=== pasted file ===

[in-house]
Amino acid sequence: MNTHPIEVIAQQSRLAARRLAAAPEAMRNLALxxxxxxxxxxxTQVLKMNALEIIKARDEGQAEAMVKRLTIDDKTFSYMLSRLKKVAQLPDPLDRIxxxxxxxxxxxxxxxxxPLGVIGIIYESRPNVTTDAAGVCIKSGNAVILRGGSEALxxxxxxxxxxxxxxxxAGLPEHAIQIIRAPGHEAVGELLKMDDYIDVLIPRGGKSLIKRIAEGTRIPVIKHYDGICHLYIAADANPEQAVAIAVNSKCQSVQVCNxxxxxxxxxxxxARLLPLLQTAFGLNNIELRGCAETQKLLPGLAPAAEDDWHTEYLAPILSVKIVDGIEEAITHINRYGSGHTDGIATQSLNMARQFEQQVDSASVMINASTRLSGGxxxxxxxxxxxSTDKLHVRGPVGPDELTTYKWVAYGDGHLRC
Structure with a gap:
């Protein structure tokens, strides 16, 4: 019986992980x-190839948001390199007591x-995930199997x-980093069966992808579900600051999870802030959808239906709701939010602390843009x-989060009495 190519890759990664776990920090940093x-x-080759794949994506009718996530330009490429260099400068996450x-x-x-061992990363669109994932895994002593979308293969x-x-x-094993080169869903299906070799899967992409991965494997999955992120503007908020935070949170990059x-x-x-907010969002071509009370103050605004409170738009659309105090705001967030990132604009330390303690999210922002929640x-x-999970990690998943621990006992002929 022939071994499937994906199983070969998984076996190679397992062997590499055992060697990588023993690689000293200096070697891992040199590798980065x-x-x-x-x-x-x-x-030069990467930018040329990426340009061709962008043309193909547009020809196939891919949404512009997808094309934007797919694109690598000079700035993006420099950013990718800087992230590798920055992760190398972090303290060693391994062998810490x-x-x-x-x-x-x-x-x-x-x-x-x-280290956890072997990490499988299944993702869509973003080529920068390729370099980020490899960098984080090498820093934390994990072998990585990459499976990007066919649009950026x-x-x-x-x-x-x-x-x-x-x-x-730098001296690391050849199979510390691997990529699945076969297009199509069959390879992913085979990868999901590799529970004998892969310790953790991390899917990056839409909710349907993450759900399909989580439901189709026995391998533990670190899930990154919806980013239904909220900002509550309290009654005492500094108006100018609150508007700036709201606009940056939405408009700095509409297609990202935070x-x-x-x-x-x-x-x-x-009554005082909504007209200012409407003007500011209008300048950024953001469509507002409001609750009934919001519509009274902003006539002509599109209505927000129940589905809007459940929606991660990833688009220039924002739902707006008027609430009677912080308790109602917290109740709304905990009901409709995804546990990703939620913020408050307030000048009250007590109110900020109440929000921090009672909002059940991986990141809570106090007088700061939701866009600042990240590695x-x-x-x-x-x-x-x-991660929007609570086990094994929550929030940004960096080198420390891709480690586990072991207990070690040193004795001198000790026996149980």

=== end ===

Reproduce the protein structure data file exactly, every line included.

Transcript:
[in-house]
Amino acid sequence: MNTHPIEVIAQQSRLAARRLAAAPEAMRNLALxxxxxxxxxxxTQVLKMNALEIIKARDEGQAEAMVKRLTIDDKTFSYMLSRLKKVAQLPDPLDRIxxxxxxxxxxxxxxxxxPLGVIGIIYESRPNVTTDAAGVCIKSGNAVILRGGSEALxxxxxxxxxxxxxxxxAGLPEHAIQIIRAPGHEAVGELLKMDDYIDVLIPRGGKSLIKRIAEGTRIPVIKHYDGICHLYIAADANPEQAVAIAVNSKCQSVQVCNxxxxxxxxxxxxARLLPLLQTAFGLNNIELRGCAETQKLLPGLAPAAEDDWHTEYLAPILSVKIVDGIEEAITHINRYGSGHTDGIATQSLNMARQFEQQVDSASVMINASTRLSGGxxxxxxxxxxxSTDKLHVRGPVGPDELTTYKWVAYGDGHLRC
Structure with a gap:
């Protein structure tokens, strides 16, 4: 019986992980x-190839948001390199007591x-995930199997x-980093069966992808579900600051999870802030959808239906709701939010602390843009x-989060009495 190519890759990664776990920090940093x-x-080759794949994506009718996530330009490429260099400068996450x-x-x-061992990363669109994932895994002593979308293969x-x-x-094993080169869903299906070799899967992409991965494997999955992120503007908020935070949170990059x-x-x-907010969002071509009370103050605004409170738009659309105090705001967030990132604009330390303690999210922002929640x-x-999970990690998943621990006992002929 022939071994499937994906199983070969998984076996190679397992062997590499055992060697990588023993690689000293200096070697891992040199590798980065x-x-x-x-x-x-x-x-030069990467930018040329990426340009061709962008043309193909547009020809196939891919949404512009997808094309934007797919694109690598000079700035993006420099950013990718800087992230590798920055992760190398972090303290060693391994062998810490x-x-x-x-x-x-x-x-x-x-x-x-x-280290956890072997990490499988299944993702869509973003080529920068390729370099980020490899960098984080090498820093934390994990072998990585990459499976990007066919649009950026x-x-x-x-x-x-x-x-x-x-x-x-730098001296690391050849199979510390691997990529699945076969297009199509069959390879992913085979990868999901590799529970004998892969310790953790991390899917990056839409909710349907993450759900399909989580439901189709026995391998533990670190899930990154919806980013239904909220900002509550309290009654005492500094108006100018609150508007700036709201606009940056939405408009700095509409297609990202935070x-x-x-x-x-x-x-x-x-009554005082909504007209200012409407003007500011209008300048950024953001469509507002409001609750009934919001519509009274902003006539002509599109209505927000129940589905809007459940929606991660990833688009220039924002739902707006008027609430009677912080308790109602917290109740709304905990009901409709995804546990990703939620913020408050307030000048009250007590109110900020109440929000921090009672909002059940991986990141809570106090007088700061939701866009600042990240590695x-x-x-x-x-x-x-x-991660929007609570086990094994929550929030940004960096080198420390891709480690586990072991207990070690040193004795001198000790026996149980």